FinTech and the Remaking of Financial Institutions explores the transformative potential of new entrants and innovations on business models. In its survey and analysis of FinTech, the book addresses current and future states of money and banking. It provides broad contexts for understanding financial services, products, technology, regulations and social considerations. The book shows how FinTech has evolved and will drive the future of financial services, while other FinTech books concentrate on particular solutions and adopt perspectives of individual users, companies and investors. It sheds new light on disruption, innovation and opportunity by placing the financial technology revolution in larger contexts.
- Presents case studies that depict the problems, solutions and opportunities associated with FinTech
- Provides global coverage of FinTech ventures and regulatory guidelines
- Analyzes FinTech's social aspects and its potential for spreading to new areas in banking
- Sheds new light on disruption, innovation and opportunity by placing the financial technology revolution in larger contexts
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1. Introduction 2. Disruption and Disintermediation in Financial Services and Products: Why Now? 3. Money: A Medium of Exchange, Unit of Account and Store of Wealth 4. Financial Institutions 5. Bubbles, Panics, Crashes, and Crises 6. Bank Lending 7. Time Value of Money: Interest, Bonds, Money Market Funds 8. Equities, Efficient Markets, Exchanges 9. Foreign Exchange 10. Forwards, Futures, and Swaps 11. Commodities 12. Options 13. Startup Financing 14. Fintech in a Global Setting 15. Fintech and Government Regulation 16. Social issues: Income Distribution, Diversity, and Inclusiveness 17. The Future Millennial Bank-Your Parents' Bank Integrates With the Disrupters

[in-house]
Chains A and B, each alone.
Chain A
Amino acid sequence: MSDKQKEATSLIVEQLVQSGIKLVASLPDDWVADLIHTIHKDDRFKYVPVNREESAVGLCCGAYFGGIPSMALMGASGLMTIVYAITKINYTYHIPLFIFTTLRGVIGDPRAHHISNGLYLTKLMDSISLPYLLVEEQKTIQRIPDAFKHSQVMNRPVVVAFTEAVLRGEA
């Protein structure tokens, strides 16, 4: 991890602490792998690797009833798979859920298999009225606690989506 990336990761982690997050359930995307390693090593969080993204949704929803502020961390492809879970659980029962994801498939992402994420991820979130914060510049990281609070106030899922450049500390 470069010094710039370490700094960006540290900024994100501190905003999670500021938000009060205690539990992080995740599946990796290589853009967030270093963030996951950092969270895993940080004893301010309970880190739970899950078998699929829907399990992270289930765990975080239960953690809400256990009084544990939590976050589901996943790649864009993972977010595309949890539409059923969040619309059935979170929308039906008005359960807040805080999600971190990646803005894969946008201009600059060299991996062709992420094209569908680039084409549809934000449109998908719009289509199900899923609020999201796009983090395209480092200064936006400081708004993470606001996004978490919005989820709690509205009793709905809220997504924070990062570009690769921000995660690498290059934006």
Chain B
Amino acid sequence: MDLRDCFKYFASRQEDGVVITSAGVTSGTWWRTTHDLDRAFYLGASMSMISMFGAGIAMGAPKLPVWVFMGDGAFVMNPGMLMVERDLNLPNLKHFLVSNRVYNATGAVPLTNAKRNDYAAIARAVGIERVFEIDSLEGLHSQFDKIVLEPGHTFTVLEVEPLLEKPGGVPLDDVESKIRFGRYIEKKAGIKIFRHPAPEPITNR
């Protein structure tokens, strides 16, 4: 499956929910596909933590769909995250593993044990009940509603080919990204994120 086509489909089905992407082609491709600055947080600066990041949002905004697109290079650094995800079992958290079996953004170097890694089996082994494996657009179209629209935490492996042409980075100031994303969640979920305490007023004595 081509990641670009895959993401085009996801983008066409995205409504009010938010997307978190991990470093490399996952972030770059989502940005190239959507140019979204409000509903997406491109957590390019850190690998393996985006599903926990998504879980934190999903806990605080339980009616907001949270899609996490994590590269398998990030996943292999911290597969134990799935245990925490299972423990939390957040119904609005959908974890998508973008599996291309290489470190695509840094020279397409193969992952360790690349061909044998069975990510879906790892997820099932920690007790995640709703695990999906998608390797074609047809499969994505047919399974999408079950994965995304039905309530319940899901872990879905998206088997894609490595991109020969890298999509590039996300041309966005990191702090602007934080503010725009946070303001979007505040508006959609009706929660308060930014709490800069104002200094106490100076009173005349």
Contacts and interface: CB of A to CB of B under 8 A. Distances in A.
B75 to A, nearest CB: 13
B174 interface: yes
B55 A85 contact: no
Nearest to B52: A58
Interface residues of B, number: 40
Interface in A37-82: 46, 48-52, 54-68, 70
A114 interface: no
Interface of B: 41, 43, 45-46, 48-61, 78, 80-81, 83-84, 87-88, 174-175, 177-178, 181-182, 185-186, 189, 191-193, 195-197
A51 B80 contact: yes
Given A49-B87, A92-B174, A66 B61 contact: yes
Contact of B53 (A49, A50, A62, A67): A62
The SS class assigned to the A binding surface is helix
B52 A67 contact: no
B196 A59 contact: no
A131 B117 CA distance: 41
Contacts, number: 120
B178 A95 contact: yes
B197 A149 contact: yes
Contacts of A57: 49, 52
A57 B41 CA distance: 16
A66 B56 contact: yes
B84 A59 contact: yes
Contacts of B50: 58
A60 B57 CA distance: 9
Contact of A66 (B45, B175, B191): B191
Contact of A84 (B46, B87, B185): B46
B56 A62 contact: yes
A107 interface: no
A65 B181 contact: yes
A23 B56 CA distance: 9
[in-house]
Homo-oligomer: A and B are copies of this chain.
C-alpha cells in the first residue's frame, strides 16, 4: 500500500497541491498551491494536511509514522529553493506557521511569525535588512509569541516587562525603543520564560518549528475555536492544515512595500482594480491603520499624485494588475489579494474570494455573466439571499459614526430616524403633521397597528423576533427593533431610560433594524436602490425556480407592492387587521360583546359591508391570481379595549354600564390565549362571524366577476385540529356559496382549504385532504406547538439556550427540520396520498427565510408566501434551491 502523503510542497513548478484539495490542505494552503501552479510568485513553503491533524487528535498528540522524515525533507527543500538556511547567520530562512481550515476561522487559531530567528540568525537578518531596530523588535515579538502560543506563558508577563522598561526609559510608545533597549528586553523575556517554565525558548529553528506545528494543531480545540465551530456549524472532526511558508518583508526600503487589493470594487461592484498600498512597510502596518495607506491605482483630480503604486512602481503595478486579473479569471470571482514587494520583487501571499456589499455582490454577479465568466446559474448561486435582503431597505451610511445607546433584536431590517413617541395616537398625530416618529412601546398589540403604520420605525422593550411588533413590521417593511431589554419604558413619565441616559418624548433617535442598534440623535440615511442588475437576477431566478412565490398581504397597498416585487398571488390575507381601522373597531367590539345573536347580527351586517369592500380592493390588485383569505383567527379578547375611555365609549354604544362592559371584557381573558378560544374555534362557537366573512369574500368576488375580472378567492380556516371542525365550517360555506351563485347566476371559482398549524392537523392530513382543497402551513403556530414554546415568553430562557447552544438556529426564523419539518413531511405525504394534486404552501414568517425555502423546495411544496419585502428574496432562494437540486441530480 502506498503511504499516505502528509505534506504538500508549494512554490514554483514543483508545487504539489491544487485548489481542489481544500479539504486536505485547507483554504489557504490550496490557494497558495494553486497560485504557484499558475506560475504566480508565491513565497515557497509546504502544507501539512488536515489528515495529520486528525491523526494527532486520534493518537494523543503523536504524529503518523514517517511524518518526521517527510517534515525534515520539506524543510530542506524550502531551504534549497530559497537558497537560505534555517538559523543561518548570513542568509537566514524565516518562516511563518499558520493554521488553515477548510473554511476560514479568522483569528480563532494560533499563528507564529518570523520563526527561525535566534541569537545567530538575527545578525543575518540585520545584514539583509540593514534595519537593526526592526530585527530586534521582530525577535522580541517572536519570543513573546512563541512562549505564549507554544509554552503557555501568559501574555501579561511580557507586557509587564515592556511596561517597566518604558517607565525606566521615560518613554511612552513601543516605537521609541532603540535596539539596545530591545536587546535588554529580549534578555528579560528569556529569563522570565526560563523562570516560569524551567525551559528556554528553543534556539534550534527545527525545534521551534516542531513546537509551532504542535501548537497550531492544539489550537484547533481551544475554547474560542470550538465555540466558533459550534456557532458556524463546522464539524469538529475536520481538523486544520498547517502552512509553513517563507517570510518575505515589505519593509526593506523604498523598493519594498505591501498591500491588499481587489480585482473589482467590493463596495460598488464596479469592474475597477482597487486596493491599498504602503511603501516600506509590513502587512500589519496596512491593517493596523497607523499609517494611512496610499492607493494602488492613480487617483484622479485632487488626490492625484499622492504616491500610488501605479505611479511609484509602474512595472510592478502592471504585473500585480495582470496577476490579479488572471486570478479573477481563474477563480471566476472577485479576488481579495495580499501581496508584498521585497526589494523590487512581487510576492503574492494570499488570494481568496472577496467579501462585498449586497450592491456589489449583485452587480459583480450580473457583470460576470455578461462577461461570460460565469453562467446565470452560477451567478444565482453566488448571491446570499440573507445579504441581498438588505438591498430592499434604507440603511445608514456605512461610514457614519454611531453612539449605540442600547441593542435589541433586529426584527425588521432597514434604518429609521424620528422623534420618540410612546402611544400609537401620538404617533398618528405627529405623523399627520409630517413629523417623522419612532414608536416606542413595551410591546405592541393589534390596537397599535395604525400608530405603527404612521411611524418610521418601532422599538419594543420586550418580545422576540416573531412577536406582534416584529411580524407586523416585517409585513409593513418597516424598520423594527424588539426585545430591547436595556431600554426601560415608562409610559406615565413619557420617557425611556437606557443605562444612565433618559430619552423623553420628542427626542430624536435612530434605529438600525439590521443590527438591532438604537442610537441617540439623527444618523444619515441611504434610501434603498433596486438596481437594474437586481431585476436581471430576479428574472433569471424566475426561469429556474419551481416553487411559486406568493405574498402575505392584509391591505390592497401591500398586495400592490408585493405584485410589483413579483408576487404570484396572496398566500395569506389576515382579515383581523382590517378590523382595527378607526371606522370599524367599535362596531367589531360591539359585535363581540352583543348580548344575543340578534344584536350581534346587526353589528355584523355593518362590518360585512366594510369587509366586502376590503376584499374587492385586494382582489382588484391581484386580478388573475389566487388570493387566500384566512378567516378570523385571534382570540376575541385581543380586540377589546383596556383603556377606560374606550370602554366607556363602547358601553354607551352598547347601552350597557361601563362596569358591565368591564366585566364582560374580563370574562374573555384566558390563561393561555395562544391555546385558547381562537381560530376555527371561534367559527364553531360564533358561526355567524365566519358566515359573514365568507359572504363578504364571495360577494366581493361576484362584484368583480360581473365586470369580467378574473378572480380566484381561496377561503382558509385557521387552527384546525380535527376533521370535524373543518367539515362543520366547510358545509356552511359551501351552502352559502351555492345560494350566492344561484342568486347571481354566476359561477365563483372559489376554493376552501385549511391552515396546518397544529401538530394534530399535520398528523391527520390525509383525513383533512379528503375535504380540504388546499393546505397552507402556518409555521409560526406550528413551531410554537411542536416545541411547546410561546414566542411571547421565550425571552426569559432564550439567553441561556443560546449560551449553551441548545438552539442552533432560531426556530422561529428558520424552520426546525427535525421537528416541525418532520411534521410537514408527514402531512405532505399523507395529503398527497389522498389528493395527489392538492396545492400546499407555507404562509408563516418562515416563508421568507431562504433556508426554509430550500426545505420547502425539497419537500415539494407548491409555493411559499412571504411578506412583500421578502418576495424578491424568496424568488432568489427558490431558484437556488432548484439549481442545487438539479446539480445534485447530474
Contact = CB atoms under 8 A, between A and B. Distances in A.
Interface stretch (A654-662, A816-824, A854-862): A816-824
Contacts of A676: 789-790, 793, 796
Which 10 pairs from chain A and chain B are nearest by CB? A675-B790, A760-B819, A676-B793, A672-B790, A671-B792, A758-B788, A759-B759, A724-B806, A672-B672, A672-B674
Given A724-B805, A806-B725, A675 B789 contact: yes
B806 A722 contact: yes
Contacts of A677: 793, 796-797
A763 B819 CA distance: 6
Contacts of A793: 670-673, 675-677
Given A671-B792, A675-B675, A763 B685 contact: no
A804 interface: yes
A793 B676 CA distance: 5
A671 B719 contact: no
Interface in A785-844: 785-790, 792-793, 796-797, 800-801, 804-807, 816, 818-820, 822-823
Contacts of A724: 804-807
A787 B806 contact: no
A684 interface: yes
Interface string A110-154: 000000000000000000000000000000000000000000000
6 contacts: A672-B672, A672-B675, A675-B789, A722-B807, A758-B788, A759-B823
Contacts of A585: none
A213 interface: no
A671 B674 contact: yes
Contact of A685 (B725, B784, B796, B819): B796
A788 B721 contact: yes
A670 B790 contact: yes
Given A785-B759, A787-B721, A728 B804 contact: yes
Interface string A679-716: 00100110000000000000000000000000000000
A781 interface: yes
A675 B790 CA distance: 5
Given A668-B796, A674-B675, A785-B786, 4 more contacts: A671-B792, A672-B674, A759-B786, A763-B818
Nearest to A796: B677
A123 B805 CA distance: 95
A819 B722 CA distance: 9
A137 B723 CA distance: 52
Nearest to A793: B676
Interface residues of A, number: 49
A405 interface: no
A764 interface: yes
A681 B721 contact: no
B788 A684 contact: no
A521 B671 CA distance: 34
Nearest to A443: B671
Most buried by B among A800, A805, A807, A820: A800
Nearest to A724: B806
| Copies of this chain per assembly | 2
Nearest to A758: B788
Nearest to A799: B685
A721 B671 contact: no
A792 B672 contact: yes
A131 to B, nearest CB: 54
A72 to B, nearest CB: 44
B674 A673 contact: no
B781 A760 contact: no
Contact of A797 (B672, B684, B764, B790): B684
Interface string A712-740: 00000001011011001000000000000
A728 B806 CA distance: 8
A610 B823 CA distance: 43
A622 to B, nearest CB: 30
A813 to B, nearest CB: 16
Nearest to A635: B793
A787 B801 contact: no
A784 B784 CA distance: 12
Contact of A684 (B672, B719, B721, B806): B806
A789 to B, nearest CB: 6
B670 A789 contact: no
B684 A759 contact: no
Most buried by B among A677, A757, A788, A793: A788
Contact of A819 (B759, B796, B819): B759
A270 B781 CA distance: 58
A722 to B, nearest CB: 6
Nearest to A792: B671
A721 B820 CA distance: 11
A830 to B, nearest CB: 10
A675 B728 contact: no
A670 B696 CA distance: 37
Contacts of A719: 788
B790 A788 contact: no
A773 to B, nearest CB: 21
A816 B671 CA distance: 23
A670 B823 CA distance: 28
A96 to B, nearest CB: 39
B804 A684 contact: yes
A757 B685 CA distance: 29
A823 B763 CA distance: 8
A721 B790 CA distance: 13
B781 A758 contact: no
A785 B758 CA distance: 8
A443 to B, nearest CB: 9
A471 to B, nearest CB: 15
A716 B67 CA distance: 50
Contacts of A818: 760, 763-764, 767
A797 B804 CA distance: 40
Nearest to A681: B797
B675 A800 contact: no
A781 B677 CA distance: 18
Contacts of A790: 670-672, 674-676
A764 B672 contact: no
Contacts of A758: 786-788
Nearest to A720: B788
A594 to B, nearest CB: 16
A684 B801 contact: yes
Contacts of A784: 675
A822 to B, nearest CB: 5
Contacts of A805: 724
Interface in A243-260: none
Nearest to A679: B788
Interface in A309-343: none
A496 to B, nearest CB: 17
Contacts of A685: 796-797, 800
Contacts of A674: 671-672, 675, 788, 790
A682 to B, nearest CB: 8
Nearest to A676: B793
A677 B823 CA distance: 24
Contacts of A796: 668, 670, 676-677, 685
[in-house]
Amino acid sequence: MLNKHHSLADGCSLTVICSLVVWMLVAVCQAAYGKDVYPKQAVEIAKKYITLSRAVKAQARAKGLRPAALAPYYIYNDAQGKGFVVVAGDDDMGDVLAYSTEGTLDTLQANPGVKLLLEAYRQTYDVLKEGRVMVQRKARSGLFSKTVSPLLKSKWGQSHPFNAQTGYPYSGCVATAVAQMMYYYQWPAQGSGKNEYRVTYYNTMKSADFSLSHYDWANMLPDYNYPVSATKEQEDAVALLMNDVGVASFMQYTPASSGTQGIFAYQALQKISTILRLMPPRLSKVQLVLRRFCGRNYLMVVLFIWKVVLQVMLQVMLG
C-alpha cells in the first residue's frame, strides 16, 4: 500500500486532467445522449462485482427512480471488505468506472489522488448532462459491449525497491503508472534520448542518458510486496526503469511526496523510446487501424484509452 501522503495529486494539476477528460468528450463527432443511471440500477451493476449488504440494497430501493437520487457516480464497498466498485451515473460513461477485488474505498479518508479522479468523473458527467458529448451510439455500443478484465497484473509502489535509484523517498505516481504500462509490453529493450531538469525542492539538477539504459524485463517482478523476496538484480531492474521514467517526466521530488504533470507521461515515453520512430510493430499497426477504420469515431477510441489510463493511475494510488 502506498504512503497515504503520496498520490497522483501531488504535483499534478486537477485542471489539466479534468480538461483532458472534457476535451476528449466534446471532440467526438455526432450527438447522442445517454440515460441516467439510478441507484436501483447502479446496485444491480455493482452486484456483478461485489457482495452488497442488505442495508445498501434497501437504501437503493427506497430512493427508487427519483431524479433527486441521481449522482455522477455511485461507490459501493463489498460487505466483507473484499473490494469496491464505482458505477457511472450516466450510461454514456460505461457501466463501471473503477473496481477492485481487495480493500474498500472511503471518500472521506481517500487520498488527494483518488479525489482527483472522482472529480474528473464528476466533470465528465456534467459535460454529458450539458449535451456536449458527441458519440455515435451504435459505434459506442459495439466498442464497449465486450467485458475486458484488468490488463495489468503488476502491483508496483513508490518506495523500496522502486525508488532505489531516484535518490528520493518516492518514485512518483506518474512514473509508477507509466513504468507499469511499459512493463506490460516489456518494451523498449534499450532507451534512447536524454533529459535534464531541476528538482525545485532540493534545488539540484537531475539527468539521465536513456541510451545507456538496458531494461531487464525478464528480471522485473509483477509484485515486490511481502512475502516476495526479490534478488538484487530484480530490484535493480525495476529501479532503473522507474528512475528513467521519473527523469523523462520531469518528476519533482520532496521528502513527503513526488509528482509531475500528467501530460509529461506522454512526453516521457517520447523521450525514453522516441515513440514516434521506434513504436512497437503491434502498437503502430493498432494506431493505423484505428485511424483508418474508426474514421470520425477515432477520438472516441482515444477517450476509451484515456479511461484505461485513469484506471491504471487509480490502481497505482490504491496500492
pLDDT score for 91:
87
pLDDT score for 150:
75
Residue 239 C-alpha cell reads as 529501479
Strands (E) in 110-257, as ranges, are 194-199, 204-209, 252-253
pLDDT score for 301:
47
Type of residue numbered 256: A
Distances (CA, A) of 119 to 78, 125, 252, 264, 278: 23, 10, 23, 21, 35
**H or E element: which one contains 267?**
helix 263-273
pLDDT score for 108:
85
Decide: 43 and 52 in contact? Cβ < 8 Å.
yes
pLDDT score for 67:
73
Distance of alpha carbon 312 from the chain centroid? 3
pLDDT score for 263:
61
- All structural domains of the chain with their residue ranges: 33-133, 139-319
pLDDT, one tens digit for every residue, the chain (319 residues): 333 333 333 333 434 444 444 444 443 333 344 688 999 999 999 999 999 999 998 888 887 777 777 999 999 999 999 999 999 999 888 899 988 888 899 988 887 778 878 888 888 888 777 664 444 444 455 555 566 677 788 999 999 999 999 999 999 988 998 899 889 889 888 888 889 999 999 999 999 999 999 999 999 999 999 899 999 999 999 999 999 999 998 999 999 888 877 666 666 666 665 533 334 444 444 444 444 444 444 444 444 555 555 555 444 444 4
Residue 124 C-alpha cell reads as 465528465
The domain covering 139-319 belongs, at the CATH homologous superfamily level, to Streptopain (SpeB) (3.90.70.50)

John Hill is President and CEO of Derivatives Strategy Group. He previously served as Co-Head of Global Energy Futures at Merrill Lynch and at ABN AMRO bank and as President and CEO of Broadway Futures Group, a small independent broker. He was Senior Vice President of North American Sales for Intercontinental Exchange (ICE), one of the first electronic platforms and was a model to many more recent start-ups. During his tenure at ICE, the company grew from a small, Atlanta-headquartered private company to a public company with an IPO valued at $12 billion. It now owns and operates the NYSE, among other businesses. Mr. Hill was also Senior Vice President at ICAP, the largest interdealer broker, where his focus was developing electronic businesses and planning compliance with Dodd Frank regulations.